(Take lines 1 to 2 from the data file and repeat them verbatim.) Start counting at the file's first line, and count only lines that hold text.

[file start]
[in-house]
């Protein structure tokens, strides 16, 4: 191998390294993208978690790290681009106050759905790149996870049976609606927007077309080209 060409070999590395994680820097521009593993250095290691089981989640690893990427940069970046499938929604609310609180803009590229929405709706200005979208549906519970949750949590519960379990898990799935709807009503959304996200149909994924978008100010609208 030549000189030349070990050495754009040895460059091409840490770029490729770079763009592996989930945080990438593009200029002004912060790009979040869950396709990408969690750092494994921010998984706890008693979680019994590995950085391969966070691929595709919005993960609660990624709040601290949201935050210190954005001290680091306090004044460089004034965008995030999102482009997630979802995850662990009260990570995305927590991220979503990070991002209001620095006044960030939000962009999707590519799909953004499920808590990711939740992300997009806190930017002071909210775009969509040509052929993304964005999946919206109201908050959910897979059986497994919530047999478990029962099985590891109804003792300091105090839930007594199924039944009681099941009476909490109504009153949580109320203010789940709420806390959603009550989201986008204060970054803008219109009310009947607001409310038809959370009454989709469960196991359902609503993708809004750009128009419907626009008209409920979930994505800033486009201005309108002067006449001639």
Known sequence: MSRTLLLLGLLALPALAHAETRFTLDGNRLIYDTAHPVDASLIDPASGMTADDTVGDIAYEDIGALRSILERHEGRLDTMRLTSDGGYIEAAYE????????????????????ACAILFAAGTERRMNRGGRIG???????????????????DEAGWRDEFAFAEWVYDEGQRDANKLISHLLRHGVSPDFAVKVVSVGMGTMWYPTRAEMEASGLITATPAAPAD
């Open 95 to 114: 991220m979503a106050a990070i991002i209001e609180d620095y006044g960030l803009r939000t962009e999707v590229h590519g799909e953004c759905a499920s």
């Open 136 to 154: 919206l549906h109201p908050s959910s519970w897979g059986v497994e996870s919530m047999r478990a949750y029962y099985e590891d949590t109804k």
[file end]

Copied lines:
[in-house]
């Protein structure tokens, strides 16, 4: 191998390294993208978690790290681009106050759905790149996870049976609606927007077309080209 060409070999590395994680820097521009593993250095290691089981989640690893990427940069970046499938929604609310609180803009590229929405709706200005979208549906519970949750949590519960379990898990799935709807009503959304996200149909994924978008100010609208 030549000189030349070990050495754009040895460059091409840490770029490729770079763009592996989930945080990438593009200029002004912060790009979040869950396709990408969690750092494994921010998984706890008693979680019994590995950085391969966070691929595709919005993960609660990624709040601290949201935050210190954005001290680091306090004044460089004034965008995030999102482009997630979802995850662990009260990570995305927590991220979503990070991002209001620095006044960030939000962009999707590519799909953004499920808590990711939740992300997009806190930017002071909210775009969509040509052929993304964005999946919206109201908050959910897979059986497994919530047999478990029962099985590891109804003792300091105090839930007594199924039944009681099941009476909490109504009153949580109320203010789940709420806390959603009550989201986008204060970054803008219109009310009947607001409310038809959370009454989709469960196991359902609503993708809004750009128009419907626009008209409920979930994505800033486009201005309108002067006449001639």